Temple first heard about Garfield Clean Energy and community rebates at a Kiwanis Club meeting several months ago, when Garfield Clean Energy board member Judith Hayward made a presentation to the club. Temple began working with Shmigelsky and said the Garfield Clean Energy coaching has been “very helpful.”

Rebates from Garfield Clean Energy and Xcel Energy are expected to help offset the cost of the heating and cooling upgrades. The next energy project for Grand Valley United Methodist is to replace old T12 fluorescent lighting fixtures with LEDs to gain more electrical energy savings.

Although financial savings drove the project, cutting the church’s carbon footprint is a nice bonus. “It certainly makes sense to try to go energy efficient as much as you can. If nothing else, to save our fossil fuels,” Temple said.

First Assembly of God replaced 51 light fixtures

Pastor BJ Worthen at First Assembly of God in Rifle says his church congregation has been thinking about energy usage. “It does just seem prudent for us to pay attention to energy consumption and our energy footprint in the community,” Worthen said.

Those conversations prompted a large lighting upgrade at First Assembly in 2011. A church member who owns an auto mechanic shop had tipped Worthen to the more energy efficient light bulbs, noting that rebates could help offset the project cost.

Worthen contacted Garfield Clean Energy, and an energy coach worked through the specs on the building, including the number of light fixtures and bulbs, as well as helping the church apply for rebates.

“They jumped right in there, figured out the rebates, and they were sure a blessing to us,” Worthen said.

With the plan in hand, Worthen hired Rifle Electric to replace 51 T12 fluorescent lights with new efficient T8s. The project in the 20,000-square-foot church was huge, and the company worked for a full week to replace all the bulbs and fixtures.

Two-thirds of the costs were offset by rebates, according to Worthen, and the estimated savings per year is $450.

“Any way we can get some help to pay for a project that big — we’re a small-town church — well, that’s a big deal.” The new lighting, he noted, also “made things brighter and cheerier.”

Churches in Garfield County taking steps
to be more energy efficient

Grand Valley United Methodist, Parachute
Replaced two 80% gas fired furnaces and swamp cooler with 95% efficient furnaces and heat pump
Job recently completed, cost savings not yet calculated
Planned: Replace 24 T12 fixtures with LED bulbs

First Assembly of God, Rifle
Replaced 51 T12 fluorescent bulbs with T8s
Annual cost savings: $453
Rebates: $1,526 from Xcel Energy
$975 from Garfield Clean Energy

Church of the Open Door, Rifle
Replaced T12s with LED bulbs
Annual cost savings: $1,643
Rebates: $2,008 from Xcel Energy
$2,500 from Garfield Clean Energy

Rocky Mountain Baptist, Rifle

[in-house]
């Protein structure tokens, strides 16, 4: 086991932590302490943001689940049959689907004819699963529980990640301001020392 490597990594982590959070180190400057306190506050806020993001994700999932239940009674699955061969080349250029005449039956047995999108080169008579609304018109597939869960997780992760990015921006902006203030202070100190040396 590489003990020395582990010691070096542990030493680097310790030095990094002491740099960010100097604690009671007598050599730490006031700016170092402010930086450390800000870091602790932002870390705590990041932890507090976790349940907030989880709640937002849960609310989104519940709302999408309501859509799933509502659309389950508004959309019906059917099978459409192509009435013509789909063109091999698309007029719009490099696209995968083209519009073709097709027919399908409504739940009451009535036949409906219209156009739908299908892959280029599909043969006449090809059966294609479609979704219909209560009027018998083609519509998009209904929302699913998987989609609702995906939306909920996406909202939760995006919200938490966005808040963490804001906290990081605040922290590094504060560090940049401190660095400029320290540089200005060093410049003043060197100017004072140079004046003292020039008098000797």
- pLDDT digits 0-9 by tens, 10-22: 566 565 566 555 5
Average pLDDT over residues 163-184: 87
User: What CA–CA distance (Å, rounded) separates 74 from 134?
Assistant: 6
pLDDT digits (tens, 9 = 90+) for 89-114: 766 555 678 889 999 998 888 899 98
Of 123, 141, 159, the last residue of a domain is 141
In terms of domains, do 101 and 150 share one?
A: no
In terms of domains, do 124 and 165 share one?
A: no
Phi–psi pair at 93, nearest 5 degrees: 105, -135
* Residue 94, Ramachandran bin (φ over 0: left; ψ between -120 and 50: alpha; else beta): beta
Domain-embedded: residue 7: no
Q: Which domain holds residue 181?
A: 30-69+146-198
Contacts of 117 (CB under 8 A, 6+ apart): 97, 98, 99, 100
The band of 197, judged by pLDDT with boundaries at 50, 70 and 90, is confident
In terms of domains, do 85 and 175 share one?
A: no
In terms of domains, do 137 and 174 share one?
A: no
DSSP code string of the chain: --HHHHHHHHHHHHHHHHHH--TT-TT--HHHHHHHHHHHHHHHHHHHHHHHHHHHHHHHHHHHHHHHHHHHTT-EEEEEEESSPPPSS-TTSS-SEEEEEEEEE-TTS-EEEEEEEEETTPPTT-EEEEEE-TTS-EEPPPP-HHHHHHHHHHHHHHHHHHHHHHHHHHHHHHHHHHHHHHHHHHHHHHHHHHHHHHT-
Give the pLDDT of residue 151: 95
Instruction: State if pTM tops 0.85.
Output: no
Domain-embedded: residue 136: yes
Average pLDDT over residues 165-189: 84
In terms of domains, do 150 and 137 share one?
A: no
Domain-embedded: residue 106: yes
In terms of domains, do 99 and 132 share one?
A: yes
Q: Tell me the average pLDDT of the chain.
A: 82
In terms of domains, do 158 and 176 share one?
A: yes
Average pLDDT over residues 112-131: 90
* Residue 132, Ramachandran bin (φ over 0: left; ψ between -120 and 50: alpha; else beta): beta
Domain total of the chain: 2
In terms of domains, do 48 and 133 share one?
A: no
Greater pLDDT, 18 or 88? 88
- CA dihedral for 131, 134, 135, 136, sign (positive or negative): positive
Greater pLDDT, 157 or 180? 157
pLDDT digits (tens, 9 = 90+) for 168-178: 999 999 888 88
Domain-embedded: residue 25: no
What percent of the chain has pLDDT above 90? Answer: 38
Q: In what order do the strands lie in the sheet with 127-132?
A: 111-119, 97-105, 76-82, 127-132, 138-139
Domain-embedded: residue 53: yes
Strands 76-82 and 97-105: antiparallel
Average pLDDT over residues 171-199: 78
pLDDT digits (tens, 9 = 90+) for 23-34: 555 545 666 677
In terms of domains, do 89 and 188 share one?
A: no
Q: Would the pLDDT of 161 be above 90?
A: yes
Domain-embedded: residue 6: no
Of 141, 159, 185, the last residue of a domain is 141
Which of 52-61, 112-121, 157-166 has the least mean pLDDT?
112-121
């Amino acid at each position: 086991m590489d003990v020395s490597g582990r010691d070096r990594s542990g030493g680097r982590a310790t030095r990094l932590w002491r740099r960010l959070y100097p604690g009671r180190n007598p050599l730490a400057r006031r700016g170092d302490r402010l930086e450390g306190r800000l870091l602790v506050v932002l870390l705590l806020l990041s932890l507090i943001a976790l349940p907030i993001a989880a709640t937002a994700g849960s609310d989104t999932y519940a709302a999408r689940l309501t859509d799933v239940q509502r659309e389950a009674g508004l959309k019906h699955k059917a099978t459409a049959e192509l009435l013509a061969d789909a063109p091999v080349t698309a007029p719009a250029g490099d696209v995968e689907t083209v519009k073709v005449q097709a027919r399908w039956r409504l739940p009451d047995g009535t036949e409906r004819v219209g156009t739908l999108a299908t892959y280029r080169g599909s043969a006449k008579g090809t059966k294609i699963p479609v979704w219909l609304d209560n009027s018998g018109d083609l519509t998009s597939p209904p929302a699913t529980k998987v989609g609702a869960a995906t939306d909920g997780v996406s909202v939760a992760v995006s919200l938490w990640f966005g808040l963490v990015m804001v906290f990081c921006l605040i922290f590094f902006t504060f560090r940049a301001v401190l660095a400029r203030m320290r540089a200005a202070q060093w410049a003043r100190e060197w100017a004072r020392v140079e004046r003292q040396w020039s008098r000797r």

Replace T12s and incandescent bulbs with T8s and LEDs
Annual cost savings: $402
Rebates: $285 from Xcel Energy
$2,500 from Garfield Clean Energy

Seventh Day Adventist, Rifle
Replaced 222 T12s with T8s
Installed 9.1 kW solar PV system
Annual cost savings: $1,563
Rebates for lighting: $1,574 from Xcel Energy
$2,749 from Garfield Clean Energy

Good Shepherd Lutheran Church, Glenwood Springs
Replaced inefficient boiler with 96% efficient unit
Annual cost savings: $647
Rebates: $2,500 from Garfield Clean Energy,
$1,565 from CORE

First United Methodist Church, Glenwood Springs
Installed 11.3 kW solar PV system
Roof insulation upgrade with SIPs
Annual cost savings: $2,630
Solar rebate: $12,500 from Glenwood Springs Electric
Community Grants from CORE: $28,000

Saint Mary of the Crown, Carbondale
Replaced 53 incandescent bulbs with 53 LED bulbs
Annual cost savings: $1,208
Rebates: $1,003 from Xcel Energy,
$2,500 from Garfield Clean Energy

The Orchard Life, Carbondale

Replaced 60 incandescent bulbs with 60 LED
Installed 80 kW solar PV
Annual cost savings: $2,400 for lighting. $10,200 for solar
Lighting rebates: $1,500 from Town of Carbondale,
$2,500 from CORE,
$7,411 from Xcel Energy

Carbondale Community United Methodist Church
Installed three boiler reset controls
Annual cost savings: $108
Rebate: $138 from Garfield Clean Energy

Free Energy Coaching services

Maximize your energy savings and minimize hassle with free energy coaching from Garfield Clean Energy

  • Free walk-through and energy action plan
  • Connect with contractors
  • Make the most of utility rebates and community bonus rebates

Contact an Energy Coach

Maisa Metcalf (se habla español)
(970) 704-9200

Matt Shmigelsky
(970) 704-9200

Shelley Kaup
(970) 704-9200

Erica Sparhawk
(970) 704-9200


Garfield Clean Energy Case Study: Rifle Seventh Day Adventist Church
Church Sees the Light with New Lamps, Ballast, Photovoltaic Power

Interfaith Power & Light
A 40-state alliance of congregations working together for energy stewardship in their churches and in the homes of church members, and through local, state and national policy.